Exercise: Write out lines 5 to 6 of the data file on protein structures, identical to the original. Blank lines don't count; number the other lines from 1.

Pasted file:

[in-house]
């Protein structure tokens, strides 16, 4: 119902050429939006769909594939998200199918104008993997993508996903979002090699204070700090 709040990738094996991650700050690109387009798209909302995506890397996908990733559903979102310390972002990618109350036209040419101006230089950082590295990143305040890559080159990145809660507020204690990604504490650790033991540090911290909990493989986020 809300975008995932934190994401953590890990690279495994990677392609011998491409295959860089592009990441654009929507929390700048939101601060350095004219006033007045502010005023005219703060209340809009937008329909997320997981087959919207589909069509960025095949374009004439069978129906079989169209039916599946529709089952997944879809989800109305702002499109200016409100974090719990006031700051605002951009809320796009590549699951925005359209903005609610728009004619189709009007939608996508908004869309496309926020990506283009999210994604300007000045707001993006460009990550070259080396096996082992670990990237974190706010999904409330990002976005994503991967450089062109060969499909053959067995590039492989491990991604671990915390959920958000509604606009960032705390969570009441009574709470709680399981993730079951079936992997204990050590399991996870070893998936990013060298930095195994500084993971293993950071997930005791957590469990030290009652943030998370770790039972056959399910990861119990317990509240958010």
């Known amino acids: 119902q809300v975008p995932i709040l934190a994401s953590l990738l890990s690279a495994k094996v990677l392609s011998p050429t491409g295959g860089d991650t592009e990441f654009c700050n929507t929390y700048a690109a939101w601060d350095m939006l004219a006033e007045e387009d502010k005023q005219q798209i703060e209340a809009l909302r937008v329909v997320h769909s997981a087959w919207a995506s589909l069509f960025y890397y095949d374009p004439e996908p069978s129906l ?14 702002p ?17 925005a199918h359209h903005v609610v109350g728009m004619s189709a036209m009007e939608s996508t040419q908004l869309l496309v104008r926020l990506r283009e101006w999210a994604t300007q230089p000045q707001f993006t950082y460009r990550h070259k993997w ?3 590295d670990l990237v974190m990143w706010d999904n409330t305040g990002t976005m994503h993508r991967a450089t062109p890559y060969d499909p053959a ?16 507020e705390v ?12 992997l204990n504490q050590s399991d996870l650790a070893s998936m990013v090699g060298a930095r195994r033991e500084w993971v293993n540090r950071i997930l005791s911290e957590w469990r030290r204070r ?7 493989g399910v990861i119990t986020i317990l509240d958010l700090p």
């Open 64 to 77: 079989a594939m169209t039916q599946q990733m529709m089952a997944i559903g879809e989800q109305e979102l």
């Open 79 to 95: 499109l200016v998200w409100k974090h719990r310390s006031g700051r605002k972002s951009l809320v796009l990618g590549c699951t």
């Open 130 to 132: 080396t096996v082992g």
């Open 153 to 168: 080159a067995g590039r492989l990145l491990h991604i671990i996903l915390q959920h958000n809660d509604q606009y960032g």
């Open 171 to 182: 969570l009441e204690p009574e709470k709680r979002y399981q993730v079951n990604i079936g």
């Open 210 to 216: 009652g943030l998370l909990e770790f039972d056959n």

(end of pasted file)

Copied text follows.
């Open 79 to 95: 499109l200016v998200w409100k974090h719990r310390s006031g700051r605002k972002s951009l809320v796009l990618g590549c699951t």
């Open 130 to 132: 080396t096996v082992g």